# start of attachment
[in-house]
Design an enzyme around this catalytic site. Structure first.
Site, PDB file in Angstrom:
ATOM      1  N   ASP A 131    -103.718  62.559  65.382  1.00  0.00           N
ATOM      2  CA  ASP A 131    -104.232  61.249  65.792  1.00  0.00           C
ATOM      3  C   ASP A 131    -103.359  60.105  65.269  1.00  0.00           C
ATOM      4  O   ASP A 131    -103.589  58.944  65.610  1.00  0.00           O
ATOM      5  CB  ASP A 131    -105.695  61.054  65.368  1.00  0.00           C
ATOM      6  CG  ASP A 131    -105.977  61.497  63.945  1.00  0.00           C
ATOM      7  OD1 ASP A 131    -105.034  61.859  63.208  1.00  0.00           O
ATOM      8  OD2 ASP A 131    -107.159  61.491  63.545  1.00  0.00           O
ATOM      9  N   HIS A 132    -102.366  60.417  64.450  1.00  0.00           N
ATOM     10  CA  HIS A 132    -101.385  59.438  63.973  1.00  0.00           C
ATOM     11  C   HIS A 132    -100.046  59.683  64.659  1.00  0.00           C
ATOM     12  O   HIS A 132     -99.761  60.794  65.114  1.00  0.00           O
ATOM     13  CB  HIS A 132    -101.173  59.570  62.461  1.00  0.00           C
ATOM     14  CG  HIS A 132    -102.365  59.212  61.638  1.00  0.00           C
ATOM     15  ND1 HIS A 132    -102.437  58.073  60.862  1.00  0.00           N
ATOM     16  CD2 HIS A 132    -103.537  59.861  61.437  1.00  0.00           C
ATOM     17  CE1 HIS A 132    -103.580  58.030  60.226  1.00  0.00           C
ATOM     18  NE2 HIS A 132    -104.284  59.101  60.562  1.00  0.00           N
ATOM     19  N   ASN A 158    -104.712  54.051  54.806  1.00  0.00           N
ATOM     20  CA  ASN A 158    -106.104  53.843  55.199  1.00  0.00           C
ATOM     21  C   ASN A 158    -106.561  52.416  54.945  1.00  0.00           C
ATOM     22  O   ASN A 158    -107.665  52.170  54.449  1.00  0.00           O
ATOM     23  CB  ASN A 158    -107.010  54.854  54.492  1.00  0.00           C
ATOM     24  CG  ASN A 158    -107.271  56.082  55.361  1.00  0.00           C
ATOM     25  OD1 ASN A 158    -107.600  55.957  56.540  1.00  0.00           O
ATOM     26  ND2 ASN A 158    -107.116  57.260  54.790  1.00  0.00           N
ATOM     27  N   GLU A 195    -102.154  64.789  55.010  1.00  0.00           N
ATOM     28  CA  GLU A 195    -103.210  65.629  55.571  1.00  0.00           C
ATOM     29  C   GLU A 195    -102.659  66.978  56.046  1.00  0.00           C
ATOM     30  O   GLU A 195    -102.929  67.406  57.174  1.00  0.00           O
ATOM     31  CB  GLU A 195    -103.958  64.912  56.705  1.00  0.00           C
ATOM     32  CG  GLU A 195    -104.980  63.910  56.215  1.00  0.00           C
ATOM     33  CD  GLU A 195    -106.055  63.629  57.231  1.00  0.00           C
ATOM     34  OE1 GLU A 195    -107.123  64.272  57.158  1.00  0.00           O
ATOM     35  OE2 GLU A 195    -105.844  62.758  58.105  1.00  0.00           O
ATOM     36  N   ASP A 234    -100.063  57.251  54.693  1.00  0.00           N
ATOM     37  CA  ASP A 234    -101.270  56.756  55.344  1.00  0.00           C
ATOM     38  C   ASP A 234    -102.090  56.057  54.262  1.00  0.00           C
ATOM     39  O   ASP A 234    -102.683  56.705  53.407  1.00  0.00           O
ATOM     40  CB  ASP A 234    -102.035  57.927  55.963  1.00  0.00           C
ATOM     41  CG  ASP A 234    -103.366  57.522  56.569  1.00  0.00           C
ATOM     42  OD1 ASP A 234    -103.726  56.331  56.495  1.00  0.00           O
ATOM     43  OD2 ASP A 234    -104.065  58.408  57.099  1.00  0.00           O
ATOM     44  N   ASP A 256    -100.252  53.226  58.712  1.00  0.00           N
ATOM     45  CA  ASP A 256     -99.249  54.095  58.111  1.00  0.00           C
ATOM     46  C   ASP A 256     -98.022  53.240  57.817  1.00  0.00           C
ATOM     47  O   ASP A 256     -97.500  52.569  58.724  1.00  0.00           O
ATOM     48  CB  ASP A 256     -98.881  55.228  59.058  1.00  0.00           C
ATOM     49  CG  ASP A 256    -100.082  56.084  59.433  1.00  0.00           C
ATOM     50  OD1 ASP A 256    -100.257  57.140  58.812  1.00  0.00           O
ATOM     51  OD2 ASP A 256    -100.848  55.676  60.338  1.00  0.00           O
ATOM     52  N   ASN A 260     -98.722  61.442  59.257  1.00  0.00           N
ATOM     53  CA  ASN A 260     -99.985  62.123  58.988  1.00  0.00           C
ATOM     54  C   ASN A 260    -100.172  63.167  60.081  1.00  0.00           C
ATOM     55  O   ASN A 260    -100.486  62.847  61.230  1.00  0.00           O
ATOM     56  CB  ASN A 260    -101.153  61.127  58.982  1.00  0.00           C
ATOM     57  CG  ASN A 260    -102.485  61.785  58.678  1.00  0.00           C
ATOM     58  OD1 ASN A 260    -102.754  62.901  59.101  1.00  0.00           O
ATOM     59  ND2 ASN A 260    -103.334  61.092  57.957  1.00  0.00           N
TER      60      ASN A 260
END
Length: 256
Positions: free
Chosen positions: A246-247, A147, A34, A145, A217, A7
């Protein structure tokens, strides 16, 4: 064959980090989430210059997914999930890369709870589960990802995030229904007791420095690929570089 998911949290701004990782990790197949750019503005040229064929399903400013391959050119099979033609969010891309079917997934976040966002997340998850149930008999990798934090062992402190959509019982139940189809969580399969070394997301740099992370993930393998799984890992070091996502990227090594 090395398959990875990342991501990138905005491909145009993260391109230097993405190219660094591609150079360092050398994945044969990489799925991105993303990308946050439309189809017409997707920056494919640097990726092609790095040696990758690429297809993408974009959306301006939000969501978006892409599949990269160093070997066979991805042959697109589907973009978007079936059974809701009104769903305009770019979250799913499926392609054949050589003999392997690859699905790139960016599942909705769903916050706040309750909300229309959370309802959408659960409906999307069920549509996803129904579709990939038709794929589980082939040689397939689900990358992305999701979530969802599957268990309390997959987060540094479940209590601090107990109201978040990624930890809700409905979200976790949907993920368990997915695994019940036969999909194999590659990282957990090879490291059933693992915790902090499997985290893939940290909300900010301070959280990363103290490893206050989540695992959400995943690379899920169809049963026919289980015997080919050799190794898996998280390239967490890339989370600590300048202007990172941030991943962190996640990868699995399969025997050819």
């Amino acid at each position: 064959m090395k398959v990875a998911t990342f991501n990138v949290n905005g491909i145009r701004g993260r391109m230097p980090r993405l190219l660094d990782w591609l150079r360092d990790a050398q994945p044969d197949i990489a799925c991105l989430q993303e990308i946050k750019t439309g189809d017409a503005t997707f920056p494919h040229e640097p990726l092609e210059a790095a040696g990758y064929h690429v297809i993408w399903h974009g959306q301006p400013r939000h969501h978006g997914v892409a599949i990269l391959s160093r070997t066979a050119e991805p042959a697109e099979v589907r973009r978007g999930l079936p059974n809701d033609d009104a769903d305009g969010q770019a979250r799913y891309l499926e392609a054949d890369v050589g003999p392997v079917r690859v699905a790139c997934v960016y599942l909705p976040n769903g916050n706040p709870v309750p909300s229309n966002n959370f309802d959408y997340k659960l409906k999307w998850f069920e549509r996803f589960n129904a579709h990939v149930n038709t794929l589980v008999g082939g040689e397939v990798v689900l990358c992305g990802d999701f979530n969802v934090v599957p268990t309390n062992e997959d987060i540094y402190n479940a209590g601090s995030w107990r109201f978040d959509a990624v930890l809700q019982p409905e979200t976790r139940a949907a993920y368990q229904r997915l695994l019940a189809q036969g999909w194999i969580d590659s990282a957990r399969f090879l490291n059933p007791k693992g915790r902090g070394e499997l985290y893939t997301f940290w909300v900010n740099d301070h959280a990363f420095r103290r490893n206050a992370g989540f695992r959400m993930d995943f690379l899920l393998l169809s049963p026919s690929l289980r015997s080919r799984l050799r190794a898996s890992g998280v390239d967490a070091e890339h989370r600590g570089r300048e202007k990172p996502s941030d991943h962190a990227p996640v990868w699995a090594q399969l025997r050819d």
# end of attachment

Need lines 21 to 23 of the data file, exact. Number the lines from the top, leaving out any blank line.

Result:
ATOM     18  NE2 HIS A 132    -104.284  59.101  60.562  1.00  0.00           N
ATOM     19  N   ASN A 158    -104.712  54.051  54.806  1.00  0.00           N
ATOM     20  CA  ASN A 158    -106.104  53.843  55.199  1.00  0.00           C